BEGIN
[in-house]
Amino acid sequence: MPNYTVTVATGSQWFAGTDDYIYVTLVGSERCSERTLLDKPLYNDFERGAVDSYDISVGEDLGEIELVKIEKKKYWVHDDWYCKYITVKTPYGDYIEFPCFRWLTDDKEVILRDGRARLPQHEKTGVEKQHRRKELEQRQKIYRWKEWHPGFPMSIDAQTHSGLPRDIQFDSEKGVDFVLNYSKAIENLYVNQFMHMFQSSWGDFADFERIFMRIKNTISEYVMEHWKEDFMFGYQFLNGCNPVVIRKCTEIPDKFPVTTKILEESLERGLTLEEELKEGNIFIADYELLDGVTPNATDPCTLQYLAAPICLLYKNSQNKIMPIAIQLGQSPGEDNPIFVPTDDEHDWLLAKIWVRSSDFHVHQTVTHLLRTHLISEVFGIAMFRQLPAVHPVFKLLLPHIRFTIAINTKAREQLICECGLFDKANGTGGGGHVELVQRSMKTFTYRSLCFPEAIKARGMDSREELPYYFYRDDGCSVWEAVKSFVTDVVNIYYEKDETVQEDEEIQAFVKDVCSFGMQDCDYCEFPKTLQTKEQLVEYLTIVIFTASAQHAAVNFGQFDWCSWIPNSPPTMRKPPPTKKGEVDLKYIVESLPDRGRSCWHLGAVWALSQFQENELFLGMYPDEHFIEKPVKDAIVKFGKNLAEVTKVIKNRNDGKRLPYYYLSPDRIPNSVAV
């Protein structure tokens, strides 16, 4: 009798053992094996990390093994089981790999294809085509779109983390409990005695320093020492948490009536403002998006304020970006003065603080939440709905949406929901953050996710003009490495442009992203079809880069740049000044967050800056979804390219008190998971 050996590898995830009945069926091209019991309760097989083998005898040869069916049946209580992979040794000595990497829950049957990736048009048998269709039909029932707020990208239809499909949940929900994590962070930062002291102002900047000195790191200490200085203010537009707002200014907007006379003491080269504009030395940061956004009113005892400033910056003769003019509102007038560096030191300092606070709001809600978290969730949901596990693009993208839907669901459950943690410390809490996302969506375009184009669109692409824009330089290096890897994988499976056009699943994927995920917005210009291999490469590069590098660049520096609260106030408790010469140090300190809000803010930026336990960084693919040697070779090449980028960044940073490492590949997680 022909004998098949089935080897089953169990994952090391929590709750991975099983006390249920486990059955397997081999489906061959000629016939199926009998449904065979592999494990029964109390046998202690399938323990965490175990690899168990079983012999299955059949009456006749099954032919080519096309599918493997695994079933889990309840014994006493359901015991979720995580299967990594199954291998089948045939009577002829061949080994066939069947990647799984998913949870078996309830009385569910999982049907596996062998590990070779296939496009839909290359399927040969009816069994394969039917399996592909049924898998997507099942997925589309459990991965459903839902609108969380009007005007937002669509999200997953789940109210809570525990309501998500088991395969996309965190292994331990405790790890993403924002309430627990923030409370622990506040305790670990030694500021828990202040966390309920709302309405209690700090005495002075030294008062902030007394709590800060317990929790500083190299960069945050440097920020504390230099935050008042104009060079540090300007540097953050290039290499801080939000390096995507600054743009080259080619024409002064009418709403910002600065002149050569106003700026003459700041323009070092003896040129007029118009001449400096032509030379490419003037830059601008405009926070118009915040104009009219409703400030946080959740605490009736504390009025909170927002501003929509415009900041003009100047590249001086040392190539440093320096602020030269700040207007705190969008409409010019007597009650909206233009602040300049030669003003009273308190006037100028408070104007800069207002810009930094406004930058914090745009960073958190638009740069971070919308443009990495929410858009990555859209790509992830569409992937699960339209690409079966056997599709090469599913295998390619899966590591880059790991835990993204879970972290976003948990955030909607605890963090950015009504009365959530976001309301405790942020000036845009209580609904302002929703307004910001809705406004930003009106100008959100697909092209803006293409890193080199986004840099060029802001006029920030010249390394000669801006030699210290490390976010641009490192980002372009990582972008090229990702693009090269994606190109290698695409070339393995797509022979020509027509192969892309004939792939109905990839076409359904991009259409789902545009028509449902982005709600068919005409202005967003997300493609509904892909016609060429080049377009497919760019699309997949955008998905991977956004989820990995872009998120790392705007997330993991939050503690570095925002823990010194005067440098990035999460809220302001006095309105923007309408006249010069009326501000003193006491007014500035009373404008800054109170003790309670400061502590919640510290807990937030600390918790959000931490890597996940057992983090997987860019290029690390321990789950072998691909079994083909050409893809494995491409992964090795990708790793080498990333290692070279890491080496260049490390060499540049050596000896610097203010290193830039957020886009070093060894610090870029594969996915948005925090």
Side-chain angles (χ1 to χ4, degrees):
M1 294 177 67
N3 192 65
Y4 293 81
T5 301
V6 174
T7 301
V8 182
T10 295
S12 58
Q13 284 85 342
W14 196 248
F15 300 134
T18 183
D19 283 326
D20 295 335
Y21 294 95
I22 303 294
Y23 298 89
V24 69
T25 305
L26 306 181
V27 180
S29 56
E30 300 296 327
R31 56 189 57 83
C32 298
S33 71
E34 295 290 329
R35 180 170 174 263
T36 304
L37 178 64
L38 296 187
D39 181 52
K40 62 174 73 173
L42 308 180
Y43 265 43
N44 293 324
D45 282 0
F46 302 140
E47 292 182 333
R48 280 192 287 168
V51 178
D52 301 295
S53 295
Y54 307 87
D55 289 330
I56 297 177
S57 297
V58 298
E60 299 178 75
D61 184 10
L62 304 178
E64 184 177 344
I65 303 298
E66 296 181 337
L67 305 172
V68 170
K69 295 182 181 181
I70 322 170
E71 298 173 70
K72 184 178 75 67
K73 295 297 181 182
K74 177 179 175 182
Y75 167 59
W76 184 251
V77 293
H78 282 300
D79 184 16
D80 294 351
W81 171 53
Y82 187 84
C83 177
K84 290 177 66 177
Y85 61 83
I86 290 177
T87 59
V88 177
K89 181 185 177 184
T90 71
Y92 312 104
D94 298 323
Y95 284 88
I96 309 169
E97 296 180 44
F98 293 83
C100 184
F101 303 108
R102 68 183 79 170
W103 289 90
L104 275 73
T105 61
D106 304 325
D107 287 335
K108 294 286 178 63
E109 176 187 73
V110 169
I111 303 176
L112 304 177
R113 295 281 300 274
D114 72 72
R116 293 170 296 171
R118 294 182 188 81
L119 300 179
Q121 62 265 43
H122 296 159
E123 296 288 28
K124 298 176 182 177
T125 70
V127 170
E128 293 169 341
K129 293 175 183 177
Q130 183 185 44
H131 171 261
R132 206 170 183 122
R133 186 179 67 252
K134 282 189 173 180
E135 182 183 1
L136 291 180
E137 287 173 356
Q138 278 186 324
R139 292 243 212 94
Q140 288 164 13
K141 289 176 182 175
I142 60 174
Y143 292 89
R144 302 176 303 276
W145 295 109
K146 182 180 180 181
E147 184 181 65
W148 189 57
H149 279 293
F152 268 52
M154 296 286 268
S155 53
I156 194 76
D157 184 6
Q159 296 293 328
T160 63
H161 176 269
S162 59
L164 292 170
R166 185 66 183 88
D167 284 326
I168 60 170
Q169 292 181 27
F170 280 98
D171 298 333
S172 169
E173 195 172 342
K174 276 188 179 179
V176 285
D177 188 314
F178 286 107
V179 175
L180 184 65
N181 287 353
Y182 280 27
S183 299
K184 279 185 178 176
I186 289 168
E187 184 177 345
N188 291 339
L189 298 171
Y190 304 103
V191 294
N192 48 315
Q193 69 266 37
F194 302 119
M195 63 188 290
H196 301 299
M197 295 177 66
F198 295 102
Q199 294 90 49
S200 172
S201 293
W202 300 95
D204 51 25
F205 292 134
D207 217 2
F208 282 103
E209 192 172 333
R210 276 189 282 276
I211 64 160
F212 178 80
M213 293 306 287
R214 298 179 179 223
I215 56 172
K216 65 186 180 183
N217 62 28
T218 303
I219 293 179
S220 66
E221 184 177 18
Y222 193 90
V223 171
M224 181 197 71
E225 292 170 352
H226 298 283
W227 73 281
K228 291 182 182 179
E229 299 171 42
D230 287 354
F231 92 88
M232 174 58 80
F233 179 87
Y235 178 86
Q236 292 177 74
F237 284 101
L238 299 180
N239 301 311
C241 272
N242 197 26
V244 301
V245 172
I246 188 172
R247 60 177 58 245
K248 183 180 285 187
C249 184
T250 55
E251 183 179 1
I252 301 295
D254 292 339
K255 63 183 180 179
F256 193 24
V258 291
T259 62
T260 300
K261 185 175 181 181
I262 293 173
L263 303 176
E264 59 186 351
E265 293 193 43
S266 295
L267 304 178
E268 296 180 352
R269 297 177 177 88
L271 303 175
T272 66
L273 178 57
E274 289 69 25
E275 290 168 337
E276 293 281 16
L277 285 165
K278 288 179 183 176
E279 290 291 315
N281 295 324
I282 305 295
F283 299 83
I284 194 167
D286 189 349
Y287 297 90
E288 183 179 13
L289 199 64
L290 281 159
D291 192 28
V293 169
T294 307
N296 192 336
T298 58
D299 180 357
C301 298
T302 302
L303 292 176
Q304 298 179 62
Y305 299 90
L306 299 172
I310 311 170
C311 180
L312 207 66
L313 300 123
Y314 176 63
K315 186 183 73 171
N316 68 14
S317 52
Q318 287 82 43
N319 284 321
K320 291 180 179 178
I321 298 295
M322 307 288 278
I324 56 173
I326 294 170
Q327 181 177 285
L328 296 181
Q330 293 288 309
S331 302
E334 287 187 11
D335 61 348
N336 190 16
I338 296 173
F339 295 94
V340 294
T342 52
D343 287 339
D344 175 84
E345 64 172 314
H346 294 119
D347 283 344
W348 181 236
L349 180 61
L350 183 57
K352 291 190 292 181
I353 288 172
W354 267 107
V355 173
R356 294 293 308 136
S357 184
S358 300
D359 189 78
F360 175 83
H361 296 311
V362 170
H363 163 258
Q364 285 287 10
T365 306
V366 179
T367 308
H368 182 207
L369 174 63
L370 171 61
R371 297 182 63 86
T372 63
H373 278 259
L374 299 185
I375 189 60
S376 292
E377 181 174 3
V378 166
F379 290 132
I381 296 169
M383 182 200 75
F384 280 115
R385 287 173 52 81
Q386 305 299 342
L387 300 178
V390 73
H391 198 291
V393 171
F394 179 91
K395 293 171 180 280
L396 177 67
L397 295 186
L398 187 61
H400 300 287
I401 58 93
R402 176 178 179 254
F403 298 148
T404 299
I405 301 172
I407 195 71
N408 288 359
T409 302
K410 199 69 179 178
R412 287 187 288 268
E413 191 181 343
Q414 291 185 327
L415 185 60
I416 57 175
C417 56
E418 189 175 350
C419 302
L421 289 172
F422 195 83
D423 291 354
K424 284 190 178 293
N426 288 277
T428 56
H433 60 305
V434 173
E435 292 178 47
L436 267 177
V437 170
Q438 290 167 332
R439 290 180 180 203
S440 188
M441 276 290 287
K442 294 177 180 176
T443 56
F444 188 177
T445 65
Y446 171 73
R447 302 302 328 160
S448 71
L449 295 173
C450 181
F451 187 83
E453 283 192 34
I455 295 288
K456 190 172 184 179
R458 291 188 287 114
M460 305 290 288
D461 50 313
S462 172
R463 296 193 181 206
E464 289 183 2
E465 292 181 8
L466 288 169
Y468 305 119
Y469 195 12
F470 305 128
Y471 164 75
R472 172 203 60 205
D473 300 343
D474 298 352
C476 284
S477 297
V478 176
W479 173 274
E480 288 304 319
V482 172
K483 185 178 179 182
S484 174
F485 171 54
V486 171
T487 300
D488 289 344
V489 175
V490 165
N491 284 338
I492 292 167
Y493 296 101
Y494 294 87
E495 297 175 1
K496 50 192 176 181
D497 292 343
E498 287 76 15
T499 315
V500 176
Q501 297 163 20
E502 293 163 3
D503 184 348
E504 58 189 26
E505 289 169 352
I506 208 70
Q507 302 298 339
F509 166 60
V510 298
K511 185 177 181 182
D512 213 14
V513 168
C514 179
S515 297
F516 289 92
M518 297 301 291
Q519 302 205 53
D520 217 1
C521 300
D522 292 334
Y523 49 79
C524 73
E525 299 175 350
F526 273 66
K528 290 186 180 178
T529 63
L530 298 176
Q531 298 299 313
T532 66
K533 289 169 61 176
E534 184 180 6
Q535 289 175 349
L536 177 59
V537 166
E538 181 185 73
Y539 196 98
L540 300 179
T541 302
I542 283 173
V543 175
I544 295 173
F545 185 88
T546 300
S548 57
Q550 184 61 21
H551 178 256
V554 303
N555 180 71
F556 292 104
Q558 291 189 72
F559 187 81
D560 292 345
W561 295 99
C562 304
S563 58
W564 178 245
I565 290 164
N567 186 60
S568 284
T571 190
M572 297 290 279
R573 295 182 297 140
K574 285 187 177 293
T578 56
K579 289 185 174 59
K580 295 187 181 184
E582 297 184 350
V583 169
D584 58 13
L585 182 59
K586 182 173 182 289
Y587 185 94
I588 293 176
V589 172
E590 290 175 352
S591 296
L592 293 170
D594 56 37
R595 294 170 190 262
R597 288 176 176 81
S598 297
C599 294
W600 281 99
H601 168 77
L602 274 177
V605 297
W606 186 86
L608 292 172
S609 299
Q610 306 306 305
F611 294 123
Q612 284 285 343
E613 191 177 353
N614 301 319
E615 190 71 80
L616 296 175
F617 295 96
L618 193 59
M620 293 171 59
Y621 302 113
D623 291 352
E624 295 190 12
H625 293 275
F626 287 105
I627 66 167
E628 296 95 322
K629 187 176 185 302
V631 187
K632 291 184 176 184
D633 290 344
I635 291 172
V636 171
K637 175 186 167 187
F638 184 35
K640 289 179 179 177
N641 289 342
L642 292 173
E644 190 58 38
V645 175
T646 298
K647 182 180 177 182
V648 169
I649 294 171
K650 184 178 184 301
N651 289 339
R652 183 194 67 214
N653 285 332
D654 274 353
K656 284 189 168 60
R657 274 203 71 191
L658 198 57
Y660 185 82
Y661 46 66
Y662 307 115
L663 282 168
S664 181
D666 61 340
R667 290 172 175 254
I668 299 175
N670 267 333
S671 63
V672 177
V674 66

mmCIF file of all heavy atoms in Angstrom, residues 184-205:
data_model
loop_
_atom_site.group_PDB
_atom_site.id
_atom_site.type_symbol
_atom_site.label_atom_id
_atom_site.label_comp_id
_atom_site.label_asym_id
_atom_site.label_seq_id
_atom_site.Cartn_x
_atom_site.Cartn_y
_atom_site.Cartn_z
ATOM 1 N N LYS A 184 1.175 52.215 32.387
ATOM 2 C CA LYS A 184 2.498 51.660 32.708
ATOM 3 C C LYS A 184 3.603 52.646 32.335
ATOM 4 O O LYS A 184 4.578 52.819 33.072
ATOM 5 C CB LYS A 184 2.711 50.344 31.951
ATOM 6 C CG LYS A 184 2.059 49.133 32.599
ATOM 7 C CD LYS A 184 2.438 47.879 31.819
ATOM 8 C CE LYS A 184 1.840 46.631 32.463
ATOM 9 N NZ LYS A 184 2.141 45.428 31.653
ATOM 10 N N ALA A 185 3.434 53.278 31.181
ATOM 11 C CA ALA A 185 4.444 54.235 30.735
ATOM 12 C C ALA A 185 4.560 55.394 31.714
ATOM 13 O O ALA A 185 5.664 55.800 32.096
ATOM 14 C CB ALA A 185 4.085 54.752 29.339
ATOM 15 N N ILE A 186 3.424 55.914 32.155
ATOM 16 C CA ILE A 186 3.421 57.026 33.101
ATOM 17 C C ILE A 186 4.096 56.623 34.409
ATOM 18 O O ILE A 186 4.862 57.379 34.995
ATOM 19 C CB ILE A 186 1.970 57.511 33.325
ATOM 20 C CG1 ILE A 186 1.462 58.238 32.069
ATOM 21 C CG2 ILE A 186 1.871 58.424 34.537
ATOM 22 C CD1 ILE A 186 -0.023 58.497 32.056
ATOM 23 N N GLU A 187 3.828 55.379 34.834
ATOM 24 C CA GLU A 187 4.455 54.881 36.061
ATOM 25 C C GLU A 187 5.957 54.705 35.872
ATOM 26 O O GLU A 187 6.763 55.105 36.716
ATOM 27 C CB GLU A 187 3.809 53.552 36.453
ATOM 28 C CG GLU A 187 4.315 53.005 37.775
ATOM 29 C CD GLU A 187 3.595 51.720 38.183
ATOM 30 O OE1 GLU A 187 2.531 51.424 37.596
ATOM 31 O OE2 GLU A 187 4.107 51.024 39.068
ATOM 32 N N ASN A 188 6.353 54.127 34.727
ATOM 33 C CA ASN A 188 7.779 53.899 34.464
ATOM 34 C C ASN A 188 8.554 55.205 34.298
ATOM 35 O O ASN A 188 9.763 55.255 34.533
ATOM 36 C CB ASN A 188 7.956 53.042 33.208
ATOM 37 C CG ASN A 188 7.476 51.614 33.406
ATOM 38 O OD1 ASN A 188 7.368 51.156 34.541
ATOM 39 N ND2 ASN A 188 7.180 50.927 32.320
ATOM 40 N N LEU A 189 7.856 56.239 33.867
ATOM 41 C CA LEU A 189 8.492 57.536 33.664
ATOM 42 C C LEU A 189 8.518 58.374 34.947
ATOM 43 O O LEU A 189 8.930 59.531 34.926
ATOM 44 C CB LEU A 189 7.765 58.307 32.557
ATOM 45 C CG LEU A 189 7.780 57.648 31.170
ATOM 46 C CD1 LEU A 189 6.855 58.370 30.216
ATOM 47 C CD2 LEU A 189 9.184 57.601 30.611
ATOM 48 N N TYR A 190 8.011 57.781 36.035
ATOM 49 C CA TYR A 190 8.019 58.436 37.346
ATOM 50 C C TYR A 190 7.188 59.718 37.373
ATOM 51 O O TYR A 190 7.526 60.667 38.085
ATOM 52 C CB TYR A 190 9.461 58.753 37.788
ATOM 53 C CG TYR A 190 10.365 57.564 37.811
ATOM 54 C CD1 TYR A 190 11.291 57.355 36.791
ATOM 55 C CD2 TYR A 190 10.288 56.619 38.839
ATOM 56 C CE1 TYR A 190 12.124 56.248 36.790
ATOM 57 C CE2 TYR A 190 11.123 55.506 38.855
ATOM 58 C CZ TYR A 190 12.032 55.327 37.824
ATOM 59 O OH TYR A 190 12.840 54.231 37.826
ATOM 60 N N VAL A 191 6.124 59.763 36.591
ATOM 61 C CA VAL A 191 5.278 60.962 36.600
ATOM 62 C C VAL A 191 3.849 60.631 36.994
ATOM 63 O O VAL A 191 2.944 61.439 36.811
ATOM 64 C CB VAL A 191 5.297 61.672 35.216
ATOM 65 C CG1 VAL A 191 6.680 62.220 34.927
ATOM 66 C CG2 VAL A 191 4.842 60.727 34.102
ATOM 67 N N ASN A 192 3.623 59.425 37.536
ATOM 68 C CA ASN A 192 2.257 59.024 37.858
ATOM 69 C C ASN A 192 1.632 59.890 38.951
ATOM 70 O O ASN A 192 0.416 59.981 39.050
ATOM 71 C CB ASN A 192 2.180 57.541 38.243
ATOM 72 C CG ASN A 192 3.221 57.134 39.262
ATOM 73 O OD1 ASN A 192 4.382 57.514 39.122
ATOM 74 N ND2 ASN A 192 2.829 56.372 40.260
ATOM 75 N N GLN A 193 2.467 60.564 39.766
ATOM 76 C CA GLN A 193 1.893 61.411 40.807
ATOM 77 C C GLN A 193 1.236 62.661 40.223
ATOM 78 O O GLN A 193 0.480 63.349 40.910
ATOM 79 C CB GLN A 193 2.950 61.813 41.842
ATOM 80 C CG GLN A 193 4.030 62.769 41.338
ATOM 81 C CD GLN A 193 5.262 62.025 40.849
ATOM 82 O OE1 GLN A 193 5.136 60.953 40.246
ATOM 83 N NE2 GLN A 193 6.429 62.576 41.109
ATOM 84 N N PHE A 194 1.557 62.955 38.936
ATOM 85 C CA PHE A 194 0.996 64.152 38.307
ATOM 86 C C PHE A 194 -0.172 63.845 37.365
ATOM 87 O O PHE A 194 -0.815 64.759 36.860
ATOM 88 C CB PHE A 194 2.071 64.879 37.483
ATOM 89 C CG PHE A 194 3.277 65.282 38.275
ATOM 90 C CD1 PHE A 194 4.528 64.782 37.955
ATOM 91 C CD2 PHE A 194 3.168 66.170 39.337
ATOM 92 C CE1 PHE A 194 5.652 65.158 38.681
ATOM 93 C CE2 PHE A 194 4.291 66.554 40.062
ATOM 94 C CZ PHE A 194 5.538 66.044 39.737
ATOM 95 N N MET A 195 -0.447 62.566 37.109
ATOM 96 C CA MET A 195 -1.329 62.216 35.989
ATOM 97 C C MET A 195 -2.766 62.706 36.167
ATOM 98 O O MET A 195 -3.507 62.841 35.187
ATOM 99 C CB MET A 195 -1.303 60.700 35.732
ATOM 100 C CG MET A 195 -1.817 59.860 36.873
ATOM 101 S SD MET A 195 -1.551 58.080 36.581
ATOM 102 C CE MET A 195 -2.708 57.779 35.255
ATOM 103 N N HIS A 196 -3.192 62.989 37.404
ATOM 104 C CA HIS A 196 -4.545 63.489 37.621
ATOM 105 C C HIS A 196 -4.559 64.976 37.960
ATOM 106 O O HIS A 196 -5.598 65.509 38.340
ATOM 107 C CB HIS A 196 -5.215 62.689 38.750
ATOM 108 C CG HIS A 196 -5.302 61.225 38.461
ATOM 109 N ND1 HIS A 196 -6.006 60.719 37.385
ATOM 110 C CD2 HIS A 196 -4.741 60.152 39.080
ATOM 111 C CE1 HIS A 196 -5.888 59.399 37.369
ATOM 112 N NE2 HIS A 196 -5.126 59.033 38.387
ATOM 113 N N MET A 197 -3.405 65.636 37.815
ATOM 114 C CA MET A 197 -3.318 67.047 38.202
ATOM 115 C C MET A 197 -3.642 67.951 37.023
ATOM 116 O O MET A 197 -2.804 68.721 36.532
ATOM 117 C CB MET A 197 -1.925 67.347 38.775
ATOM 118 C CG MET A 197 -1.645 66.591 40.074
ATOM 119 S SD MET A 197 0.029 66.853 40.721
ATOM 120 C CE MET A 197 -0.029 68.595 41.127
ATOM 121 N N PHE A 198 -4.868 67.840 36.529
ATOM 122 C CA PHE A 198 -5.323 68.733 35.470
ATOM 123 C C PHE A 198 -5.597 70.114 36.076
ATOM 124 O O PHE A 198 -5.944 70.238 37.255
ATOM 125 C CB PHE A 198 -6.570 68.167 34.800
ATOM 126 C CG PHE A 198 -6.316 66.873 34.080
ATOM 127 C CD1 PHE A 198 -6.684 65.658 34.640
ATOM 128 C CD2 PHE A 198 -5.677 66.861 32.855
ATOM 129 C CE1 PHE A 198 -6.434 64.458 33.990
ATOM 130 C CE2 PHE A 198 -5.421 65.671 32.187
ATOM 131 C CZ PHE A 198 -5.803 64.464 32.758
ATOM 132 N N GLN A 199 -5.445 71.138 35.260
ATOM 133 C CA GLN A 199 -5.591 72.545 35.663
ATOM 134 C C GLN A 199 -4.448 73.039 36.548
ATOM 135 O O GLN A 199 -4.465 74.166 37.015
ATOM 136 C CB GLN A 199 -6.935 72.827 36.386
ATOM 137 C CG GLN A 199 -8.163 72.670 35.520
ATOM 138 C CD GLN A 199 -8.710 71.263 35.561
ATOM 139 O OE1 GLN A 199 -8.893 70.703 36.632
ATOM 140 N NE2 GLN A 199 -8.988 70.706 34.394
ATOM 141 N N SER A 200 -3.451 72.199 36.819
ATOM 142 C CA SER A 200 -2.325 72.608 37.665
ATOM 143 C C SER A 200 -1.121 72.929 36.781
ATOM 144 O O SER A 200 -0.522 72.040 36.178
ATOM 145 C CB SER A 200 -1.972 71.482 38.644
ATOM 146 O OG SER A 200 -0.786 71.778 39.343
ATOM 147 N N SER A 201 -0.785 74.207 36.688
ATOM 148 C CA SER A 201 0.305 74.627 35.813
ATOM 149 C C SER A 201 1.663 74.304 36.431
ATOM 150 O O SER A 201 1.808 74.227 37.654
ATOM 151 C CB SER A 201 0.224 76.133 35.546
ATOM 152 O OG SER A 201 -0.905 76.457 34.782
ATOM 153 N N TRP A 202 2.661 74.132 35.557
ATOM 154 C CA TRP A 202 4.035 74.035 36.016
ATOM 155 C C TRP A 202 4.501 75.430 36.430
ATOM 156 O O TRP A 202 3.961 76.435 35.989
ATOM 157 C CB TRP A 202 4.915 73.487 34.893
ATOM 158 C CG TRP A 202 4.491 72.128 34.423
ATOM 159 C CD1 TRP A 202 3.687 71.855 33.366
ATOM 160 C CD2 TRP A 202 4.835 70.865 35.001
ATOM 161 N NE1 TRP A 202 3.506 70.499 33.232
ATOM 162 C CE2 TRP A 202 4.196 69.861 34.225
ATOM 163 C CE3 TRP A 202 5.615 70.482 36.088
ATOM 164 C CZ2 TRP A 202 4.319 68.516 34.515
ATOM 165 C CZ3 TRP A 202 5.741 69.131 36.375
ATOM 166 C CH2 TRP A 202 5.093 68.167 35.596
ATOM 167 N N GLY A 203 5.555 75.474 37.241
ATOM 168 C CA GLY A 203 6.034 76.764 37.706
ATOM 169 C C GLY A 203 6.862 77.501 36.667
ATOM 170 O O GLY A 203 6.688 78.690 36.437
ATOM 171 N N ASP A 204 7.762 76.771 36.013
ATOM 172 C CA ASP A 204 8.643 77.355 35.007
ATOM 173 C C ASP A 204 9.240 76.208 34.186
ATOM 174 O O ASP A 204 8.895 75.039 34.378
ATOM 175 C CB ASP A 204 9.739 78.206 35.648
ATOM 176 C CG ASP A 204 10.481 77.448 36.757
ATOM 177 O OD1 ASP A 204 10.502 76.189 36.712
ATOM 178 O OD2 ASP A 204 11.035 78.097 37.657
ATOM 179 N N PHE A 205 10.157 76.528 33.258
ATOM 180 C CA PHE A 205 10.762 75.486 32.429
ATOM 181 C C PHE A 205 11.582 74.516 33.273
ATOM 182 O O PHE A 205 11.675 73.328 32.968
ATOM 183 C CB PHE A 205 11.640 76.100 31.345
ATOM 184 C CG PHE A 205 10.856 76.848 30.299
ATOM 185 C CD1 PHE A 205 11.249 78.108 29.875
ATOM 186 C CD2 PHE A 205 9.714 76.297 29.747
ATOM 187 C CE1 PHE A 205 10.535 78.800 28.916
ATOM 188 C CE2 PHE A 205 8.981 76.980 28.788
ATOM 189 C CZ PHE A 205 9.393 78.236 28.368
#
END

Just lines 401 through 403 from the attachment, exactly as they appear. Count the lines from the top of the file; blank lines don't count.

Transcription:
Y468 305 119
Y469 195 12
F470 305 128